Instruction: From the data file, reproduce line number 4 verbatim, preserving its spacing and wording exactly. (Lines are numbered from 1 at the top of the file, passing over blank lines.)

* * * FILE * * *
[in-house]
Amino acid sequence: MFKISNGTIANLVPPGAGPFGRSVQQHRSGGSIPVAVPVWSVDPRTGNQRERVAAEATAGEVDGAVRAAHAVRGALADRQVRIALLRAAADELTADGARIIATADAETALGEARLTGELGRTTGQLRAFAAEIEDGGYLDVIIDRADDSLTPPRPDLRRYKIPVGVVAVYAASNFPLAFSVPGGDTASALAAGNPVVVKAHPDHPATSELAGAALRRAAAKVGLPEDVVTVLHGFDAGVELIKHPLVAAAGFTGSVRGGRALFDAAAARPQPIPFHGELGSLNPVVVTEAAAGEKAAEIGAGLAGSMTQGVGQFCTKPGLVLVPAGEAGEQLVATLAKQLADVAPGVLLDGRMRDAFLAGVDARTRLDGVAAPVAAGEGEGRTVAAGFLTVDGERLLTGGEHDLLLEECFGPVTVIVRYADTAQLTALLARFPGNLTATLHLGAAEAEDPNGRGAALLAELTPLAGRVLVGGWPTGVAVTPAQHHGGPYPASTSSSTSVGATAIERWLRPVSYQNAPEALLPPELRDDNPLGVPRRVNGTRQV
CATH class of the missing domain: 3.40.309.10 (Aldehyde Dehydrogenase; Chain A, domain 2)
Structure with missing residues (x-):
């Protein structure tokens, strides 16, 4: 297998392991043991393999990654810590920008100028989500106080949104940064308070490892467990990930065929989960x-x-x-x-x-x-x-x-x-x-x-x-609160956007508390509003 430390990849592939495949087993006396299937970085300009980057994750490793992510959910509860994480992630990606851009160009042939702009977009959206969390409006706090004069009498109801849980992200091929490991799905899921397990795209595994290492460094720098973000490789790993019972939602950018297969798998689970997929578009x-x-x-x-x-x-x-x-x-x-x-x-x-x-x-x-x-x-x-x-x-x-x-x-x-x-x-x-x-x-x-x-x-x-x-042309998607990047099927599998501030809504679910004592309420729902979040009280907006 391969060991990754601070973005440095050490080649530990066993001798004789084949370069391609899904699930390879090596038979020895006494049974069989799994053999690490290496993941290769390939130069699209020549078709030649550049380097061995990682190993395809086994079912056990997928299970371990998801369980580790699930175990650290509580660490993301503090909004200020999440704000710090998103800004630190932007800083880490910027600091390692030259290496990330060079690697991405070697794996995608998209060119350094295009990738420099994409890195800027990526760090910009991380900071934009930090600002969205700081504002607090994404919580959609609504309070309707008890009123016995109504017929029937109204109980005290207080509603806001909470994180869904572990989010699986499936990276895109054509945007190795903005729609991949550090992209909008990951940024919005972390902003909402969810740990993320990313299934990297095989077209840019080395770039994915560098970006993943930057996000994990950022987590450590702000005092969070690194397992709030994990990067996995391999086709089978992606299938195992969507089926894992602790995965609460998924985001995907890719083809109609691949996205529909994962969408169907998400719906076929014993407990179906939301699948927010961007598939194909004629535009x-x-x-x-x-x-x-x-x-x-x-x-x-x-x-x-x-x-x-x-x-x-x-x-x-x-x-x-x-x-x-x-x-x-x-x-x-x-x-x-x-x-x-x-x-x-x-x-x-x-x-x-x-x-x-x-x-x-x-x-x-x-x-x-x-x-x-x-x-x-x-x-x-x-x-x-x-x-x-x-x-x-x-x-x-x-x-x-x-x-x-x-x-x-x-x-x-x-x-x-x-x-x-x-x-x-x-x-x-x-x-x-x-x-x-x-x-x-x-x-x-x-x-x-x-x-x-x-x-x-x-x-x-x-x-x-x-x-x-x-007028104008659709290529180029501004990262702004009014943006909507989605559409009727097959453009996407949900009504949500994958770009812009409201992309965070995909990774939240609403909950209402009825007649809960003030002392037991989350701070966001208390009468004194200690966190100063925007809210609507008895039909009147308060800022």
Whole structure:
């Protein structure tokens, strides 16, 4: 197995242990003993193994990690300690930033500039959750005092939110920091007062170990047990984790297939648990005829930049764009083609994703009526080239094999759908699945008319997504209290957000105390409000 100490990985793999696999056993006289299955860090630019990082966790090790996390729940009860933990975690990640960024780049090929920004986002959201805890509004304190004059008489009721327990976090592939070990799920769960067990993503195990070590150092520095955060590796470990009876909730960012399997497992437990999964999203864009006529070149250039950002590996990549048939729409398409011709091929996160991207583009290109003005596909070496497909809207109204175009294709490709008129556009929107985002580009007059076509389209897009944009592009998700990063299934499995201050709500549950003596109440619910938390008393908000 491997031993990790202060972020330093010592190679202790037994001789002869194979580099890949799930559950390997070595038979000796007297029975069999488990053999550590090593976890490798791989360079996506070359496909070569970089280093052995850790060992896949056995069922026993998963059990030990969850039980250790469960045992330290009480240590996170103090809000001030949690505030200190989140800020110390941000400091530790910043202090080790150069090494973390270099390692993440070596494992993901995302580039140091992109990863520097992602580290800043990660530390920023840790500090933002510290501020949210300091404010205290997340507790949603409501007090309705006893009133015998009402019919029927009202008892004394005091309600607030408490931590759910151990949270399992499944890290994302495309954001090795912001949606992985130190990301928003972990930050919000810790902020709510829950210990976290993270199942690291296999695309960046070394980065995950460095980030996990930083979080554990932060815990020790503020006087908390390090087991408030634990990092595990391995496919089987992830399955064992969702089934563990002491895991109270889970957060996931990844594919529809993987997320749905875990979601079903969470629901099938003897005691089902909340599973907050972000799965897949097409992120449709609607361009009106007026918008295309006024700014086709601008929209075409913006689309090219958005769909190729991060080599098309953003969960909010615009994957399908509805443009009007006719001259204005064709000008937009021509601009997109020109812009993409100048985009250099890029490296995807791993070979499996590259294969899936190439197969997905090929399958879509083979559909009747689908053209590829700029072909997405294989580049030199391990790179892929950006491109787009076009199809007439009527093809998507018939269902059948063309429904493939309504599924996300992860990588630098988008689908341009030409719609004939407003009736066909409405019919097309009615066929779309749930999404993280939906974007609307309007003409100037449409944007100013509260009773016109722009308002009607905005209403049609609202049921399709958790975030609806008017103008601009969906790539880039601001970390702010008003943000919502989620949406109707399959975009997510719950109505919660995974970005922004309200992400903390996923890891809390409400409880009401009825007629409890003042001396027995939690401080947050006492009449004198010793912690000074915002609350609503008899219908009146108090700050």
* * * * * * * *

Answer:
Structure with missing residues (x-):